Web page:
In the 1960s a guerrilla movement developed that sought to replace the unfair economic system with one modeled on Cuba's. The Guatemalan movement was a coalition of groups that included the Communist Party. Its political orientation was Guevarist, even to the extent of establishing "focos" of guerrilla activity. This movement shared something with the Arbenz reform movement other than its willingness to abolish semi-feudal oppression in Guatemala. It failed to sink deep roots in the Indian population. It concentrated its forces on zones where Spanish-speaking meztisos predominated. One of the explanations for this lapse was the Communist Party of Guatemala's notion that the Indian population was "culturally backward" and not revolutionary. After this movement had been defeated, one of its fractions, the Frente Guerrillero Edgar Ibarra (FGEI) criticized the guerrilla movement, stating that unless the indigenous population was part of the leadership, any armed movement was bound to fail.
Some of these forces reemerged as the Guerrilla Army of the Poor in the 1970s, which had re-theorized the Indian question along these lines. It centered its activities in the Indian communities of the highlands, just as the Maoists did in Peru. A powerfully written chronicle of their activities is found in Mario Payera's "Days in the Jungle," which includes this passage:
"Luis Arenas had a plantation he frequently visited at the mouth of the Xaclbal River in the highlands where this flowing water separates the central massif of the Cuchumatanes Mountains from the wooded ranges of northern Quiche His fame began in the days of the North American intervention in 1954 when he acquired his lands with the help of the new government. The San Luis Ixcáin plantation, his property, had been built with evil, utilizing the forced labor of Indians from the cold highlands. Entire contingents of workers, recruited with false promises and pretexts, were brought down to clear the jungle where there were yet no roads. Many of the men were transported in military helicopters and left to their fate for months in the middle of the jungle. Some tried to escape into the wild mountains, struggling to survive for weeks with neither food nor weapons in a vast expanse of virgin forest, but most perished in the attempt. On the La Perla plantation, men who were paying off hereditary debts formed the better part of the work force. Arenas gave an advance on the Indians' small coffee harvests and later collected in kind, adding usurious interest to the original loan. Coffee sacks were taken to the large towns by mule teams headed by his henchmen on horseback, who, wielding guns and whips, made way for the caravan. This feudal lord's name was linked to all kinds of land seizures and crimes. On some of his plantations he used special cages to punish rebellious Indians."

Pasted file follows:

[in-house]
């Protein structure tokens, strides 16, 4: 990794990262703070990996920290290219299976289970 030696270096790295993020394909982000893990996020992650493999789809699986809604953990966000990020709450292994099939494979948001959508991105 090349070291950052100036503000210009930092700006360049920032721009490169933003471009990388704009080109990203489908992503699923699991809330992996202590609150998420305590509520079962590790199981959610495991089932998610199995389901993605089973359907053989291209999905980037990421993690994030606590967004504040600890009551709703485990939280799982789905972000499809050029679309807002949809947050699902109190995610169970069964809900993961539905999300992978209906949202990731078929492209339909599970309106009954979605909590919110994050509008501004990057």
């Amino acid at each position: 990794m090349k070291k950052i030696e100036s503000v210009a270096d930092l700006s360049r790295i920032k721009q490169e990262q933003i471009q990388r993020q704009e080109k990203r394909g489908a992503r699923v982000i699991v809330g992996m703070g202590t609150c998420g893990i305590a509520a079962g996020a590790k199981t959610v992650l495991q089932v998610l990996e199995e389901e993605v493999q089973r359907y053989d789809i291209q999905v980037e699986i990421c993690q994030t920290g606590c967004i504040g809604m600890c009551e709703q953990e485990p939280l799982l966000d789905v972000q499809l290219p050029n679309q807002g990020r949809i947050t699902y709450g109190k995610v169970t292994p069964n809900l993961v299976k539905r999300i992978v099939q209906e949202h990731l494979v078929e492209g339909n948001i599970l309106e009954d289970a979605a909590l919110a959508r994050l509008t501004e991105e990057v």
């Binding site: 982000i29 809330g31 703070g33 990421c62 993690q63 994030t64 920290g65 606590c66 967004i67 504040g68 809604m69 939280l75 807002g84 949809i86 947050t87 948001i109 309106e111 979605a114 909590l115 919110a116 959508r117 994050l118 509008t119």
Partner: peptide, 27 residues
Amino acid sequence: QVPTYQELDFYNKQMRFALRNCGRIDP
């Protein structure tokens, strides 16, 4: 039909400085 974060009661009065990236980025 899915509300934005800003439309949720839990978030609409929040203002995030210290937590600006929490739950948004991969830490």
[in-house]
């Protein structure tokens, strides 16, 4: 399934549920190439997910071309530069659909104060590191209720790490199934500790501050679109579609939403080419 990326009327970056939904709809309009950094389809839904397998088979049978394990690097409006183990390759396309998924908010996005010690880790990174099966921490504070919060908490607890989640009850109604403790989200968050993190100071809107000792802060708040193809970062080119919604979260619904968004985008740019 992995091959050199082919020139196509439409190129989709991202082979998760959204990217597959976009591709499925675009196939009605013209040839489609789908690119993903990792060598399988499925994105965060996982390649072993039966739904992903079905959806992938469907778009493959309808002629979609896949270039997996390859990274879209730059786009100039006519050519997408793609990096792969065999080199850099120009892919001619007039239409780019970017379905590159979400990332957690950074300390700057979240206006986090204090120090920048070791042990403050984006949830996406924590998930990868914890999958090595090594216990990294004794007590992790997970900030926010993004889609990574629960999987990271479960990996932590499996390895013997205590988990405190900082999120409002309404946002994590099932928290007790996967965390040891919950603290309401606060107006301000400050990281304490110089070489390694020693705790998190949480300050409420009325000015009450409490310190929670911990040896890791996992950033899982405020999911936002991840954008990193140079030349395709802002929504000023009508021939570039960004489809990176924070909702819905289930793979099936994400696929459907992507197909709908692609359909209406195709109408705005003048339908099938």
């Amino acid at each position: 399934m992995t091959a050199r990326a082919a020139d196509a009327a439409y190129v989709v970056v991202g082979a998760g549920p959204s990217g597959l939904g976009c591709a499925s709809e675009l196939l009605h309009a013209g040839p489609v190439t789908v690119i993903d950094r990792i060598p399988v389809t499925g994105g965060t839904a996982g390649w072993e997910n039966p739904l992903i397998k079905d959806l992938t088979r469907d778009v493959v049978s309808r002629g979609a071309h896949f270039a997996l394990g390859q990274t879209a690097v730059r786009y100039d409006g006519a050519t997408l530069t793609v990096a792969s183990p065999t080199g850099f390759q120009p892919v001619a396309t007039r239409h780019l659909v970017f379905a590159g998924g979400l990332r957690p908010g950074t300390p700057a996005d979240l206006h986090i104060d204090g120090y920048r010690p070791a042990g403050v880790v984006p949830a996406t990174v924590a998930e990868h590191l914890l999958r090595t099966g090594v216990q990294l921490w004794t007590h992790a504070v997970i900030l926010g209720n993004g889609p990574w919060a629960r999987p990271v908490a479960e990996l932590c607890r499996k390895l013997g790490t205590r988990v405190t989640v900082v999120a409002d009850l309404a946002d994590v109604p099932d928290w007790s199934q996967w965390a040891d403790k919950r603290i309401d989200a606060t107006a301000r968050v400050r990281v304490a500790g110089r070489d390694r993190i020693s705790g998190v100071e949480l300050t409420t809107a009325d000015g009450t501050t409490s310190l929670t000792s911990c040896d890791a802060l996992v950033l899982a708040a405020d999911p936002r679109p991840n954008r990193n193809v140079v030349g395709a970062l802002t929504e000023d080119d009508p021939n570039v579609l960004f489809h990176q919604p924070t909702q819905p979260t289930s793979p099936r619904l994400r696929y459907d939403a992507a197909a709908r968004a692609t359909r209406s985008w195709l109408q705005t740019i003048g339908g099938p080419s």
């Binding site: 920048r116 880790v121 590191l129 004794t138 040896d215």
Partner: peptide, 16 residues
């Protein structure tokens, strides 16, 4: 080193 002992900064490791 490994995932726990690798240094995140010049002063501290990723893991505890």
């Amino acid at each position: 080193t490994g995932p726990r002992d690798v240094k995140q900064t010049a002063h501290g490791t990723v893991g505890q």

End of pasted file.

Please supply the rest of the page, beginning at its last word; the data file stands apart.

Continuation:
The guerrillas recruited men from plantations like these to fight for their liberation. At the height of the insurgency, there were 6 to 8000 combatants, primarily Mayan Indians and over 1/2 million collaborators.